Colgin Cellar's Ann Barry Colgin believes research and development is everything in the wine business. As the statuesque Texas native walks through her magnificent and incredibly well stocked wine cellar where she keeps her private collection, she points out wines from all over the world; from Burgundy and Bordeaux regions of France to Super Tuscans from Italy and wines from the Central Coast of California
. There are wines that date back to 1889 and there are large format bottles as well, including an enormous one that contains 18 liters of wine, which is the equivalent to two cases.
"I firmly believe that you need to know a great wine in order to make a great wine," says Colgin, whose background is in the art, antiques and auction world. "It is very important for our wine making team to get to taste wines from around the world, especially wines for which we produce like varietals. Every successful company should have a research and development component."
Not surprisingly, Colgin Cellars, which is located on a secluded mountaintop in the Pritchard Hill area of St. Helena, has a research and development program that would likely impress even a Fortune 500 company. Each bottle in Colgin’s cellar is labeled with a bar code that is programmed into proprietary software, including information on how much was paid for the wine; but even more importantly, its precise location in the cellar where more than 15,000 bottles are stored. Interestingly, the program does not include tasting notes nor does it reveal exactly when the optimal time is to open a bottle.
"Perfect maturity is a matter of opinion," says Colgin, who opened her winery in 1992. "People have different opinions about when to drink different wines. For example, the British like older champagne that most Americans are not partial to. So when you look at a chart about when to drink a wine, you are only getting that one critic’s opinion. Of course, we do miss the boat on some things. It is hard not to."
Colgin’s attention to detail is paying off. Her 120-acre winery, which she owns with her husband, investment banker Joe Wender, specializes in small production, hand-crafted ultra-premium red wines including Bordeaux-style blends and Cabernet Sauvignon, has developed a cult-like status among wine enthusiasts and collectors alike.
The four wines Colgin Cellars produces include Tychson Hill Vineyard Cabernet Sauvignon ($290 a bottle), Cariad Napa Valley Red Wine ($290 a bottle), IX Estate Napa Valley Red Wine ($290 a bottle), and IX Estate Syrah ($175 a bottle). Colgin uses neo-classical winemaking methods such as producing in small yields, gentle handling, attentive sorting and meticulous blending, all under the direction of Winemaker Allison Tauziet.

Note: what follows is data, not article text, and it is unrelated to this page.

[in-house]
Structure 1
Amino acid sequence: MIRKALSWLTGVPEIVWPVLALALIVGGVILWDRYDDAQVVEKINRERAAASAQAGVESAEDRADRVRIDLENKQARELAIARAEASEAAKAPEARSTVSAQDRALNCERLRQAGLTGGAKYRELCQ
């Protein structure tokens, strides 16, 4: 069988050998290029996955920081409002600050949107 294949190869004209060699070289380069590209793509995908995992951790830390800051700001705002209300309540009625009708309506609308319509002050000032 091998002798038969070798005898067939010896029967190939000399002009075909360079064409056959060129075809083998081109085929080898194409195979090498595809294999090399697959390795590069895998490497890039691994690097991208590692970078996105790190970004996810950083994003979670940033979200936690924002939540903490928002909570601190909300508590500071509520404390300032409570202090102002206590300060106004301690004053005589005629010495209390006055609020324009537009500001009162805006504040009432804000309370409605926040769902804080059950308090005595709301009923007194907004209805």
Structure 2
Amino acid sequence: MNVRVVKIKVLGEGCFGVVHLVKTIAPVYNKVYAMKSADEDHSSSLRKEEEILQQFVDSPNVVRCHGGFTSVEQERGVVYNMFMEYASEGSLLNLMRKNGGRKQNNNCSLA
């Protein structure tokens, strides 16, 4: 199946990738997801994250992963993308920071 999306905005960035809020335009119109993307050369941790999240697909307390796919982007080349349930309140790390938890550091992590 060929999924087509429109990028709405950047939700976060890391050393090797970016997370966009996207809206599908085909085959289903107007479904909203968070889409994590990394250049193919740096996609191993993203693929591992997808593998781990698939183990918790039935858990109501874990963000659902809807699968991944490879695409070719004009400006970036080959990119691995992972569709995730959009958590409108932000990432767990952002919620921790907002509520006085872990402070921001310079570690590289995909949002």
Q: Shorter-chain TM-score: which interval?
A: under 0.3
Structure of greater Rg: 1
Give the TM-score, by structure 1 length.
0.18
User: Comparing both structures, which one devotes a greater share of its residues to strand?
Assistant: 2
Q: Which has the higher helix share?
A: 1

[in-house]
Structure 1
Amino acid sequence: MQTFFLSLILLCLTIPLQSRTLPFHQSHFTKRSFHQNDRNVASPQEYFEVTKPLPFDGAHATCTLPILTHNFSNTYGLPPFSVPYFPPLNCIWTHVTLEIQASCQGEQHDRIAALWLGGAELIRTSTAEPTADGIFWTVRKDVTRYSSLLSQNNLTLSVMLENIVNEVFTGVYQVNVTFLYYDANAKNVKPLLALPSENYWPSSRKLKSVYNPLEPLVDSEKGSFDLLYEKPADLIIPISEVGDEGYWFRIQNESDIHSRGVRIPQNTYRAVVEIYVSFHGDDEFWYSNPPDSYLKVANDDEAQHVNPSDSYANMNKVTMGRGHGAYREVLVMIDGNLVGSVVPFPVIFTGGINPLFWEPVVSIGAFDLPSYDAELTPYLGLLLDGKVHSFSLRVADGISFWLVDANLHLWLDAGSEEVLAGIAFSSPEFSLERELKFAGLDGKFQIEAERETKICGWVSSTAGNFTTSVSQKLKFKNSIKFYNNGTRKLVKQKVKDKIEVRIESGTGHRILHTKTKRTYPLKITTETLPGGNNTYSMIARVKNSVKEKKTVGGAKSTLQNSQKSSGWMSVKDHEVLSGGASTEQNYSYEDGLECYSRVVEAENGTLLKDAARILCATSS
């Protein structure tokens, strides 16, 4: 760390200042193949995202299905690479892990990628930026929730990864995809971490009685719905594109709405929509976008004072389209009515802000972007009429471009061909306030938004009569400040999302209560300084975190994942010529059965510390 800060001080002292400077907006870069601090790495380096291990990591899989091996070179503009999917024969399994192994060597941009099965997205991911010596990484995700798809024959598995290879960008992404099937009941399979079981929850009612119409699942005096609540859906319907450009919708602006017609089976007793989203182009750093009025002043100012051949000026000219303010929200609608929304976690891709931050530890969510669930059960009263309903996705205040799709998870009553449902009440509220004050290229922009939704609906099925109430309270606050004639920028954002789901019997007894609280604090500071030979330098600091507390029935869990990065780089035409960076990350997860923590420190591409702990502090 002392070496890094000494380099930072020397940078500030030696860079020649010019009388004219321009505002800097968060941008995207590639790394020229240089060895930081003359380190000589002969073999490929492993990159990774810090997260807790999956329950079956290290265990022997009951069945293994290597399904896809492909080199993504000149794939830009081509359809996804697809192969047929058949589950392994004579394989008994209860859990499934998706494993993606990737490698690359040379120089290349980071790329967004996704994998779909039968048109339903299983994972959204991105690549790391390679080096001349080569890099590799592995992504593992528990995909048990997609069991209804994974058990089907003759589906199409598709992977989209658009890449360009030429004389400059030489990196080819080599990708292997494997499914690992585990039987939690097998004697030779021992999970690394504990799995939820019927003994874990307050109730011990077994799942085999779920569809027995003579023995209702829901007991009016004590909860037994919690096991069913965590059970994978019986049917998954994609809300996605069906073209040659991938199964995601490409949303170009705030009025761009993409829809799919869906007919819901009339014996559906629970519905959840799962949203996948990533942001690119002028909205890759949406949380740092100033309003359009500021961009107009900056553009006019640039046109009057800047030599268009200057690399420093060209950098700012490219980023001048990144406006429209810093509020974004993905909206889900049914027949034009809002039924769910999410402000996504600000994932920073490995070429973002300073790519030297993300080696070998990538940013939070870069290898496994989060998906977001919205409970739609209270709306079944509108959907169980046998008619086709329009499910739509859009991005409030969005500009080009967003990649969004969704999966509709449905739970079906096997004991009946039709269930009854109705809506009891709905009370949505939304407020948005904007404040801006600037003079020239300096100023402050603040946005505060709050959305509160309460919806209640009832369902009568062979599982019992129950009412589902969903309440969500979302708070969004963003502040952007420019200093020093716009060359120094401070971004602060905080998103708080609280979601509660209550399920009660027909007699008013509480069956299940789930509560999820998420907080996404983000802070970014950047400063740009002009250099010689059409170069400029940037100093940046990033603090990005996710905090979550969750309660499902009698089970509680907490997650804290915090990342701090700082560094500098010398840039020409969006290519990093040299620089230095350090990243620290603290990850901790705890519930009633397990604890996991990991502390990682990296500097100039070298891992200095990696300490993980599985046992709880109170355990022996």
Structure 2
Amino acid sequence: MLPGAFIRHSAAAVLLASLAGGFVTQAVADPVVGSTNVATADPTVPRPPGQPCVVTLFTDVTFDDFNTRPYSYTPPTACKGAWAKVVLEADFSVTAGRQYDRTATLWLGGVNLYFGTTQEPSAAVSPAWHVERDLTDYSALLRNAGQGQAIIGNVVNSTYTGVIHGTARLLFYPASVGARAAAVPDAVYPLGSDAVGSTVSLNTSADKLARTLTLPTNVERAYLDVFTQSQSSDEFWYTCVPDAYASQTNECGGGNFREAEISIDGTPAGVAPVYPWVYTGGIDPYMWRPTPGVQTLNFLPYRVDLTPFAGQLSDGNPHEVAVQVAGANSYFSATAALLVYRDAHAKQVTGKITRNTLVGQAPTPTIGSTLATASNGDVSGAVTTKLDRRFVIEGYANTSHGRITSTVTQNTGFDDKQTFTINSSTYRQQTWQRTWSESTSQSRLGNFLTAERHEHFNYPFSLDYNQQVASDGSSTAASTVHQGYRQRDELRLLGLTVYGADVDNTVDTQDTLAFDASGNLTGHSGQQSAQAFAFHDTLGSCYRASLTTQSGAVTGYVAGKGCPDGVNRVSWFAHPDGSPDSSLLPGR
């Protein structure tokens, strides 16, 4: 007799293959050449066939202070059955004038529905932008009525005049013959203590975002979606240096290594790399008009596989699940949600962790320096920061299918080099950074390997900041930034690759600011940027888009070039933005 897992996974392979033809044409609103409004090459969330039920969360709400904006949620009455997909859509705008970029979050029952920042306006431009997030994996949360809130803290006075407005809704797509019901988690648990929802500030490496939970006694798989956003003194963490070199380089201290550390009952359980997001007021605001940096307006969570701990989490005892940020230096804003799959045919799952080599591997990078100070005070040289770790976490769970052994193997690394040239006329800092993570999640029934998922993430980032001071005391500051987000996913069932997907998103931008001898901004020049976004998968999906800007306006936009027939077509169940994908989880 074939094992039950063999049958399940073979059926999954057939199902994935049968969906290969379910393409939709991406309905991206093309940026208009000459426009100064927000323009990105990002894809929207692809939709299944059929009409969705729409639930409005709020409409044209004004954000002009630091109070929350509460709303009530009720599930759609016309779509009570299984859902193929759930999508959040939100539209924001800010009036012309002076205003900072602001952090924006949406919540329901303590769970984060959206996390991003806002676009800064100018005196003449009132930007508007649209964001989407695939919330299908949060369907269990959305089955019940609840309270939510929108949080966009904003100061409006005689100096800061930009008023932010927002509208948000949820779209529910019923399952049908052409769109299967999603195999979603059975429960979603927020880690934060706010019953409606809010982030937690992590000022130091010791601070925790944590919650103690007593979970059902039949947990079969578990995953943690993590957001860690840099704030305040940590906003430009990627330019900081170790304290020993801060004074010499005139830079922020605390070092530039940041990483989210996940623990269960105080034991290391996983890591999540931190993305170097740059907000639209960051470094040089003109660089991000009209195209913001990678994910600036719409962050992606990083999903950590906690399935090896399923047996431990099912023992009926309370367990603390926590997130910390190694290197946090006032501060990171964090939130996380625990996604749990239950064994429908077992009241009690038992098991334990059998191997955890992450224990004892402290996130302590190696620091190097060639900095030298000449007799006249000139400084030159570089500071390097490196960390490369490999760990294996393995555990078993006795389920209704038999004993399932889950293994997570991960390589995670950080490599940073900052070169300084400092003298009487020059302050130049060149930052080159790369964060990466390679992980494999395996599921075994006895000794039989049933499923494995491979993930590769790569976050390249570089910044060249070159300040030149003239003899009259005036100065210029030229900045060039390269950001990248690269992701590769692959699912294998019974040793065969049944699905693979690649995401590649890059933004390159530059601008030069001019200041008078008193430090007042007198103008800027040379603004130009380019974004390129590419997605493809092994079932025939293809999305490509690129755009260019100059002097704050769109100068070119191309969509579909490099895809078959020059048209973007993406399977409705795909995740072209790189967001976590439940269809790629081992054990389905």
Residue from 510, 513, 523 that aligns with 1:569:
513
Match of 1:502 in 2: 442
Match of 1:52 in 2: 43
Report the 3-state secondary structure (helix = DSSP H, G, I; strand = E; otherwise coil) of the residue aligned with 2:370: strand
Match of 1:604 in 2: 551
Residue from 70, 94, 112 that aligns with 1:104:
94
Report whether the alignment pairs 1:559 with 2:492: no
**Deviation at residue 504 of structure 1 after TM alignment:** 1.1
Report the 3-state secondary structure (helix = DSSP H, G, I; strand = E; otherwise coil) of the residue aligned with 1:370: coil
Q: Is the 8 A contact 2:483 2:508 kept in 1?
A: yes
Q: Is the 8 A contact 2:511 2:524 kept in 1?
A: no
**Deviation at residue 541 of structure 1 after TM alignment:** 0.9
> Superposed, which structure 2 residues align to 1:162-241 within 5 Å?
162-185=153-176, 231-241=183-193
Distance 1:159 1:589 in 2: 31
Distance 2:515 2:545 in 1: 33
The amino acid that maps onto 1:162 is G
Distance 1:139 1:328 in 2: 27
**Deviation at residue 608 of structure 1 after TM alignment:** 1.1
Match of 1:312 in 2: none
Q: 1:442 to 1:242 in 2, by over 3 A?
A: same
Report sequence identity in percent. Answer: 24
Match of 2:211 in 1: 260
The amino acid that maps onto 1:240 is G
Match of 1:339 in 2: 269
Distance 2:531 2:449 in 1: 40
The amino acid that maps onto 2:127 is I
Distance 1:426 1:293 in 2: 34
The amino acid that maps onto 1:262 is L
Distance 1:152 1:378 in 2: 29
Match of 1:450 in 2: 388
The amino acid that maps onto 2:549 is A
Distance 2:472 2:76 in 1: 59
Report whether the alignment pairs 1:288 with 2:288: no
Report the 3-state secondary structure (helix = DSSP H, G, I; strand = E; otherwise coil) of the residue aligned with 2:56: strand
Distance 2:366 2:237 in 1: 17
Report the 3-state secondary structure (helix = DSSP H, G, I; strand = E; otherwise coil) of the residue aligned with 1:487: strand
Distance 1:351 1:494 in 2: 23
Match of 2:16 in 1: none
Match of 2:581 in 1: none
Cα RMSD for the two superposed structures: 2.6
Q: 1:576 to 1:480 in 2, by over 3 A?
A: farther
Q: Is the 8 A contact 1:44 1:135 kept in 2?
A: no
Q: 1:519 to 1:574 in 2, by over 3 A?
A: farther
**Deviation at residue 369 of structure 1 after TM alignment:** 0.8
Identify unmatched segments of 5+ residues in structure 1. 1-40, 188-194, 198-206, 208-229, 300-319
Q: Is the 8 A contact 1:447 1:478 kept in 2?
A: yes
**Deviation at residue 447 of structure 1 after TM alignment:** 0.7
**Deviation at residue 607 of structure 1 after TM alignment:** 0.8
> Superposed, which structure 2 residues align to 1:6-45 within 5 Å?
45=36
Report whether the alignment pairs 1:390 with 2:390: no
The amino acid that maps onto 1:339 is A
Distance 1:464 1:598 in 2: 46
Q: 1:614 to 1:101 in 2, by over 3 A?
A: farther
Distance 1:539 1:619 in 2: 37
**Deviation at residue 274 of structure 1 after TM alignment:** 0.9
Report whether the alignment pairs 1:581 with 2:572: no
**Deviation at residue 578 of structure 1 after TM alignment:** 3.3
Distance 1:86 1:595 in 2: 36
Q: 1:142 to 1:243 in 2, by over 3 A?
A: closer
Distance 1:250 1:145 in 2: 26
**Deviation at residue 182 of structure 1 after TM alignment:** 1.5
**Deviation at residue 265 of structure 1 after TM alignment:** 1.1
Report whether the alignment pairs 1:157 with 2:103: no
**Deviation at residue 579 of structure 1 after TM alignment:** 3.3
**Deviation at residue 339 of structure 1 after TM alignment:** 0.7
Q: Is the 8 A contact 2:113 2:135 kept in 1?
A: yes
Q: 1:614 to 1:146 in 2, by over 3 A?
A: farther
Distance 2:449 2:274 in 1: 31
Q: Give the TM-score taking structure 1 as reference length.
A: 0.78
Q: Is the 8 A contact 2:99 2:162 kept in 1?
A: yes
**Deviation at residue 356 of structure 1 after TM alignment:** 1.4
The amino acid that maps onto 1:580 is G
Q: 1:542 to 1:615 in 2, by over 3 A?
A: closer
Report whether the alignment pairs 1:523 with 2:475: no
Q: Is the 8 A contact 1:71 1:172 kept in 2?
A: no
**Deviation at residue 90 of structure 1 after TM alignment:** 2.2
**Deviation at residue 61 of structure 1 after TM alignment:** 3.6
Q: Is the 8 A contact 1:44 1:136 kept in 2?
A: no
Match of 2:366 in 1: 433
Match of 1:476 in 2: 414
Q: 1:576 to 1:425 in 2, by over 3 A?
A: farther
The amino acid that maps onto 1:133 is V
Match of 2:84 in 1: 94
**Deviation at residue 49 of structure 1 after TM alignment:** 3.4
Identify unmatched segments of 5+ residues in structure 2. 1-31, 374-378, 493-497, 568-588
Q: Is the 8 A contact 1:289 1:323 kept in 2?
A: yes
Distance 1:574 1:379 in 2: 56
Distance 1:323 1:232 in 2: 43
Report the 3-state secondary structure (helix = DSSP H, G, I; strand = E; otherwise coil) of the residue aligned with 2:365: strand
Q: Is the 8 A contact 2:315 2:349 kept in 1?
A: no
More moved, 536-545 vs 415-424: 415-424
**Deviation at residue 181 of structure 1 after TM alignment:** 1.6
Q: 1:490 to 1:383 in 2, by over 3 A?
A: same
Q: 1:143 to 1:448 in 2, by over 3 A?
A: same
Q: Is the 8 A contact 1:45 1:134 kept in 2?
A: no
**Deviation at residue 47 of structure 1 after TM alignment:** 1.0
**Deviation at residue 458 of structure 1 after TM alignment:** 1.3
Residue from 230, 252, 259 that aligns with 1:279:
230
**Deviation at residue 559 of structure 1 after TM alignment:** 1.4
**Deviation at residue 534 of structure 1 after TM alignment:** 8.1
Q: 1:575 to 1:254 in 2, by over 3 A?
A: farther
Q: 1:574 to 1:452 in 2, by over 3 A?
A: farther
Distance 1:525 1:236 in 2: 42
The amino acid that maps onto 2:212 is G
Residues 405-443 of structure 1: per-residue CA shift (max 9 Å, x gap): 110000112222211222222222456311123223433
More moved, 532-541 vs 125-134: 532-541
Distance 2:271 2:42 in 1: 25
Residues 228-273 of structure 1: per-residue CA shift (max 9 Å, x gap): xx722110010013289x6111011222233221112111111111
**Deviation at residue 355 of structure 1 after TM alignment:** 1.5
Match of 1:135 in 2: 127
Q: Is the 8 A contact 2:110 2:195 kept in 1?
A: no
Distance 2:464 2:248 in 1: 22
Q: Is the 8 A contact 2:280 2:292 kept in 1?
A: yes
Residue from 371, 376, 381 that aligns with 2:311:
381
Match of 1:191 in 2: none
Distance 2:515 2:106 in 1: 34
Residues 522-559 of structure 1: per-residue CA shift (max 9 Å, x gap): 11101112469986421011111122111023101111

Many of Colgin’s wines have received rave reviews, including a rare 100 point score from wine connoisseur and critic, Robert Parker on more than one occasion. In fact over the years, Parker has given five of Colgin’s wines perfect 100 scores, including the 2006 IX Estate Red, 2007 IX Estate Red, 2002 Tychson Hill, 2007 Cariad and 2005 Cariad. Many others have received 97, 98, and 99 scores, as well.
But don’t go looking for Colgin’s wines in your local wine shop. Unlike most other wineries that distribute to retailers, Colgin sells 70% of its production of 2,600 to 2,800 cases of wine each year to 8,000 clients on its mailing list. The remainder is distributed to select restaurants in the U.S., Europe and Asia with a small portion being archived in Colgin’s private library.
It should come as no surprise, then, that Colgin’s first-growth wines sell extremely well at auction. According to the Wine Spectator Auction Index, earlier this year the 2007 vintage of IX Estate Red, Colgin’s most recent release, sold for $610 per bottle and a low price of $363. Not a bad return, considering the wine is priced at $290 per bottle upon release. But since mailing list clients can purchase no more than three or six bottles during each vintage, few are ever willing to part with their tiny distribution even with the lofty prices the wine can fetch at auction.
If you aren’t already on Colgin’s mailing list, buying at auction or finding a restaurant that stocks it might be your only opportunity to taste these award-winning wines. While there are more than 3,000 people on a wait list to be on Colgin’s mailing list which, according to Colgin, can take as long as three years to clear, she encourages anyone interested to sign up immediately. No one gets to jump the wait list, however, including the Mercedes dealer who offered Colgin a new car in exchange for bumping him up on the mailing list.
One other way to buy Colgin’s wines is to attend one of the many charity auctions to which she generously donates. At the 2010 Auction Napa Valley
charity wine sale, Colgin offered a rare vertical of every vintage produced thus far of Cariad (1999-2006) in magnum, along with a special tasting at her home. The lot sold for $250,000 before the auctioneer realized that there were three other interested bidders at that price. Colgin generously donated her lot three more times, raising $1 million dollars for charity.
It is clear there are many other wine connoisseurs around the world who wholeheartedly agree with the esteemed Robert Parker who referred to Colgin’s IX Estate in The Wine Advocate
"as close to a viticultural nirvana as I’ve ever seen." Visit ColginCellars.com
to learn more.